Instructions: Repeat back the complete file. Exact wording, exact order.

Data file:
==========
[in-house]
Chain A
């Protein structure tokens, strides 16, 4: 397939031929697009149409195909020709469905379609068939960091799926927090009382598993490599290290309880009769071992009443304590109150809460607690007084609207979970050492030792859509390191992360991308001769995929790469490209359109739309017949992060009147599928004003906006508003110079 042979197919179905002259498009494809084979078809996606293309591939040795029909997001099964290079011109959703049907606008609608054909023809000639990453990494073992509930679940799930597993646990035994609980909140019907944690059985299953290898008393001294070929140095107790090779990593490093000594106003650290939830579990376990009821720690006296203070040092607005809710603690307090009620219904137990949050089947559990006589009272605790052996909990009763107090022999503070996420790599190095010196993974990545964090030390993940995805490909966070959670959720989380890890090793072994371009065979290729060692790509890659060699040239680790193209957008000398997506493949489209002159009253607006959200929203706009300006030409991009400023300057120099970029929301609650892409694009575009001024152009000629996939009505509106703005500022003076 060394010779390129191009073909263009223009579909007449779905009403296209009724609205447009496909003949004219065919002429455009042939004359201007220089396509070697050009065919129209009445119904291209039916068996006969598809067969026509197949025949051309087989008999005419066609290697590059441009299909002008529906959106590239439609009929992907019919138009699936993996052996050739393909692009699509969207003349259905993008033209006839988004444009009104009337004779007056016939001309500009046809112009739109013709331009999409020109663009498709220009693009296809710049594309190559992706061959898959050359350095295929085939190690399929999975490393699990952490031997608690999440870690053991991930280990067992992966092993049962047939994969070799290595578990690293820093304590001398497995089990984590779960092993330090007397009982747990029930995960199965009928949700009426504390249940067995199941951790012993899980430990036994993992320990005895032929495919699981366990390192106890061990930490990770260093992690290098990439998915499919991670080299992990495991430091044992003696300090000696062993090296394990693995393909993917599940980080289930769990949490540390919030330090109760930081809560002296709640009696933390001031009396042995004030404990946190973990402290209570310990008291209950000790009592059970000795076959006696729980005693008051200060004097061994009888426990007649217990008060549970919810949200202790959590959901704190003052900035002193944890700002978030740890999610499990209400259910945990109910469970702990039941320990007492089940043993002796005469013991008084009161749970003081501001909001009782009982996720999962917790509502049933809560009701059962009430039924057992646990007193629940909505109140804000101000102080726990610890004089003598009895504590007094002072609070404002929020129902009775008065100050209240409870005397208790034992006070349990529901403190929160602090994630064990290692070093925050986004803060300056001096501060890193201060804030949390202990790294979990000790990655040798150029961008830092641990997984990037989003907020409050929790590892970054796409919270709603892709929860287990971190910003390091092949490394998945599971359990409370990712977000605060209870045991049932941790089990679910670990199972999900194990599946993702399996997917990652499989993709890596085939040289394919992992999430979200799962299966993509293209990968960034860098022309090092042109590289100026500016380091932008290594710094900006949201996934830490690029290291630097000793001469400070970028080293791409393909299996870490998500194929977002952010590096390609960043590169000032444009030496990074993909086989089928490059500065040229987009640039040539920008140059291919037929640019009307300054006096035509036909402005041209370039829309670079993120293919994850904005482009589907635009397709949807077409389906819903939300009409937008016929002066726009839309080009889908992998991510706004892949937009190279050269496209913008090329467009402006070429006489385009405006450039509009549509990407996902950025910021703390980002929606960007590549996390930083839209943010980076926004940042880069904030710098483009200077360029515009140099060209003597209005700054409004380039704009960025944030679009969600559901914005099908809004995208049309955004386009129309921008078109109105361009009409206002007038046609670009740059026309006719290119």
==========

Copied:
[in-house]
Chain A
């Protein structure tokens, strides 16, 4: 397939031929697009149409195909020709469905379609068939960091799926927090009382598993490599290290309880009769071992009443304590109150809460607690007084609207979970050492030792859509390191992360991308001769995929790469490209359109739309017949992060009147599928004003906006508003110079 042979197919179905002259498009494809084979078809996606293309591939040795029909997001099964290079011109959703049907606008609608054909023809000639990453990494073992509930679940799930597993646990035994609980909140019907944690059985299953290898008393001294070929140095107790090779990593490093000594106003650290939830579990376990009821720690006296203070040092607005809710603690307090009620219904137990949050089947559990006589009272605790052996909990009763107090022999503070996420790599190095010196993974990545964090030390993940995805490909966070959670959720989380890890090793072994371009065979290729060692790509890659060699040239680790193209957008000398997506493949489209002159009253607006959200929203706009300006030409991009400023300057120099970029929301609650892409694009575009001024152009000629996939009505509106703005500022003076 060394010779390129191009073909263009223009579909007449779905009403296209009724609205447009496909003949004219065919002429455009042939004359201007220089396509070697050009065919129209009445119904291209039916068996006969598809067969026509197949025949051309087989008999005419066609290697590059441009299909002008529906959106590239439609009929992907019919138009699936993996052996050739393909692009699509969207003349259905993008033209006839988004444009009104009337004779007056016939001309500009046809112009739109013709331009999409020109663009498709220009693009296809710049594309190559992706061959898959050359350095295929085939190690399929999975490393699990952490031997608690999440870690053991991930280990067992992966092993049962047939994969070799290595578990690293820093304590001398497995089990984590779960092993330090007397009982747990029930995960199965009928949700009426504390249940067995199941951790012993899980430990036994993992320990005895032929495919699981366990390192106890061990930490990770260093992690290098990439998915499919991670080299992990495991430091044992003696300090000696062993090296394990693995393909993917599940980080289930769990949490540390919030330090109760930081809560002296709640009696933390001031009396042995004030404990946190973990402290209570310990008291209950000790009592059970000795076959006696729980005693008051200060004097061994009888426990007649217990008060549970919810949200202790959590959901704190003052900035002193944890700002978030740890999610499990209400259910945990109910469970702990039941320990007492089940043993002796005469013991008084009161749970003081501001909001009782009982996720999962917790509502049933809560009701059962009430039924057992646990007193629940909505109140804000101000102080726990610890004089003598009895504590007094002072609070404002929020129902009775008065100050209240409870005397208790034992006070349990529901403190929160602090994630064990290692070093925050986004803060300056001096501060890193201060804030949390202990790294979990000790990655040798150029961008830092641990997984990037989003907020409050929790590892970054796409919270709603892709929860287990971190910003390091092949490394998945599971359990409370990712977000605060209870045991049932941790089990679910670990199972999900194990599946993702399996997917990652499989993709890596085939040289394919992992999430979200799962299966993509293209990968960034860098022309090092042109590289100026500016380091932008290594710094900006949201996934830490690029290291630097000793001469400070970028080293791409393909299996870490998500194929977002952010590096390609960043590169000032444009030496990074993909086989089928490059500065040229987009640039040539920008140059291919037929640019009307300054006096035509036909402005041209370039829309670079993120293919994850904005482009589907635009397709949807077409389906819903939300009409937008016929002066726009839309080009889908992998991510706004892949937009190279050269496209913008090329467009402006070429006489385009405006450039509009549509990407996902950025910021703390980002929606960007590549996390930083839209943010980076926004940042880069904030710098483009200077360029515009140099060209003597209005700054409004380039704009960025944030679009969600559901914005099908809004995208049309955004386009129309921008078109109105361009009409206002007038046609670009740059026309006719290119």